Areas included: Because the "area" reporting method does not have pre-populated choices and every state reports different names for areas, we filtered out all certification titles that did not include the word "physics." If a range of grades was also specified in the certification title (e.g., "Physics 5-12"), we did not include those that only extended up to grade 9, assuming high schools generally include grades 9-12. This was to keep everything as consistent yet inclusive as possible.

Note that the "Majors" method does not count minors. A nationwide survey by the American Institute for Physics found that for every 100 physics teachers with a major in physics or physics education, another 28 had a minor in one of those subjects.

We estimated the number of physics teachers required to educate the current population of high school physics students in the US, and together with teacher attrition rates, this allowed us to estimate the need for new teachers.  

The total population of high school physics teachers was estimated based on the number of physics classes taught in each school.  This data is available from the Civil Rights Data Collection.  We assumed that in a given school, each 1-4 additional physics classes per year required 1 additional physics teacher per year.  This results in an estimate of about 30,600 physics teachers in the U.S., which is close to the total number of 27,000 physics teachers reported by the AIP Statistical Research Center (note this number excludes teacher at alternative schools and some other schools).  The estimated number of physics teachers in given state was calculated based on the estimated number of physics teachers in each school located in the state.

The number of new teachers was calculated from the total estimated population rate and an annual teacher attrition rate of 7% (see the "Teacher Attrition Rate" section below).  The estimated total number of new physics teachers needed each year in the U.S. is about 2,100.  This is greater than the number of new physics teachers actually hired, which is estimated at about 1,400 according to the Task Force on Teacher Education in Physics (T-TEP).  T-TEP also found that teacher numbers were augmented by in-service teachers of other subjects who got assigned to physics.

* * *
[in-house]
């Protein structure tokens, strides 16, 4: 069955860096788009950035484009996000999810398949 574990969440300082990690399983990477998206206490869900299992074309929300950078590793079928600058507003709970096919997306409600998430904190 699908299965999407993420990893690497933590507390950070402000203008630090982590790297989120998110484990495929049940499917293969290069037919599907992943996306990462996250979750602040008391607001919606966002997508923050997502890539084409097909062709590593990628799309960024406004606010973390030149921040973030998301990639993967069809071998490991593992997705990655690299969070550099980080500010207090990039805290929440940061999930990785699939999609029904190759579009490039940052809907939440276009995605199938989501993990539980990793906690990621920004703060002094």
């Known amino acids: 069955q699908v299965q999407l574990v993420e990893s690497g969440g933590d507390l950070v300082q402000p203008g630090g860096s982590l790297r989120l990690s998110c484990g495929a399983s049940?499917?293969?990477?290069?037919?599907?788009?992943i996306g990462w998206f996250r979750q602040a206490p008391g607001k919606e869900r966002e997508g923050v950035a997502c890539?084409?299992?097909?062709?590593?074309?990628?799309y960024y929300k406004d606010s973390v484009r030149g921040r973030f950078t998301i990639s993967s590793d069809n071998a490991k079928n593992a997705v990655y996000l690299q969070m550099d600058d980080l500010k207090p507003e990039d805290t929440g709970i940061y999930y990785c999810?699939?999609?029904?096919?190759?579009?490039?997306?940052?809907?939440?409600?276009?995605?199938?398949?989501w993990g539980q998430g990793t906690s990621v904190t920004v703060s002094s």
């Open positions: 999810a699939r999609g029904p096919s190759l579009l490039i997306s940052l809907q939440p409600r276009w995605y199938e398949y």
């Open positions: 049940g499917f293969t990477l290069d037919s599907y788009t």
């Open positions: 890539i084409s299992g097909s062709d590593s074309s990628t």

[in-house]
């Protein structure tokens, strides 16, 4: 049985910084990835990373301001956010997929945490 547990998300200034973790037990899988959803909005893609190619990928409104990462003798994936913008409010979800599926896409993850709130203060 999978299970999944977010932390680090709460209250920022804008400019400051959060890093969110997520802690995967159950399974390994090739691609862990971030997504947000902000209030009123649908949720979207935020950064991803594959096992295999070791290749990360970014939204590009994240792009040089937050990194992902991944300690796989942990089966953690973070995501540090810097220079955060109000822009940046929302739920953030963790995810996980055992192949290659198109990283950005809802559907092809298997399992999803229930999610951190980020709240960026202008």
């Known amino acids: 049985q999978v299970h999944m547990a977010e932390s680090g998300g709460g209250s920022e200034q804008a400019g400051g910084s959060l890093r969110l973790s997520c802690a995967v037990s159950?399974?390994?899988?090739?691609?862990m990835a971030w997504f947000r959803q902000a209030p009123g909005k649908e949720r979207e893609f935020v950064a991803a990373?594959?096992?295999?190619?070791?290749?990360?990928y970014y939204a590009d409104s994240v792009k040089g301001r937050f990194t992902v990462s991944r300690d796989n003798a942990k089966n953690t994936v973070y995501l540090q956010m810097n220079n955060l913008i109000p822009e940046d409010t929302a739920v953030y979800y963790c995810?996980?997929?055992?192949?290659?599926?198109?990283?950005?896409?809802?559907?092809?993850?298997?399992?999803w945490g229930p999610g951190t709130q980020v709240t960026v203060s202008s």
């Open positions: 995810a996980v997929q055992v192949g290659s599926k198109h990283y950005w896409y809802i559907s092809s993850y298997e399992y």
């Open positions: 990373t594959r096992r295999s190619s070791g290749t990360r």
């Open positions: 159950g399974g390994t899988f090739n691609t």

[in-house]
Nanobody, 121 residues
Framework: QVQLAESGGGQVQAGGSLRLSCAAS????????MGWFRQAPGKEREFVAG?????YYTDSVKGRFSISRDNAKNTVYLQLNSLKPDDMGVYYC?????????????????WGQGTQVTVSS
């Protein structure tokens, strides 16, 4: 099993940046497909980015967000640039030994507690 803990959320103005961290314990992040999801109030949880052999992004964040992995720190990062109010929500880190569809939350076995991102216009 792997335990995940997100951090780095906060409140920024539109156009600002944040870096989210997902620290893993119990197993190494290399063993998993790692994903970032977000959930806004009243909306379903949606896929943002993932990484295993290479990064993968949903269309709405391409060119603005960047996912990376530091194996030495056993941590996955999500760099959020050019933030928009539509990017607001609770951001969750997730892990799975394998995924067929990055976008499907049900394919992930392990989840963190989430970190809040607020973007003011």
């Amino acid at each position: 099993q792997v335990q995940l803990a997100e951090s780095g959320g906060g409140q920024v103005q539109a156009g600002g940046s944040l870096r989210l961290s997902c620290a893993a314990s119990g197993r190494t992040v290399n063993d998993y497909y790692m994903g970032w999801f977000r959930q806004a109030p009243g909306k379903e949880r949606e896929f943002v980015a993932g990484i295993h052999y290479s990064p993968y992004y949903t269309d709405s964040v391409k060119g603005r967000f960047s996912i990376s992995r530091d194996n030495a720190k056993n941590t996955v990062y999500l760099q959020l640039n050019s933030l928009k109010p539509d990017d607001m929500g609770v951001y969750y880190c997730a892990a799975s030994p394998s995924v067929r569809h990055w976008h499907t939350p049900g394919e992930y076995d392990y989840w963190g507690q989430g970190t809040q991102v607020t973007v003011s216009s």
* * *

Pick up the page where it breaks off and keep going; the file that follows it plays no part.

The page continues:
To calculate the level of need for teachers, we used a teacher attrition rate of 7.0%. This value is from Attrition of Public School Mathematics and Science Teachers, a 2008 issue brief from the National Center for Education Statistics, which reports that STEM teacher attrition is lower than the overall secondary teacher attrition rate.

Other related estimates of teacher attrition rates were considered but not used, including:

  • The American Institute of Physics' Statistical Research Center estimates the attrition rate of physics teachers is 4%, based on its 2010 survey of in-service physics teachers.
  • A 2009 report published by the Consortium for Policy Research in Education uses data from the SASS reports to identify the numbers of teachers in different subjects (English, Science, etc.) entering and leaving the profession each year. In the general subject area of Science, the ratio of the number of teachers who left the profession to the total number in the workforce gives an estimated attrition rate of 9.69%.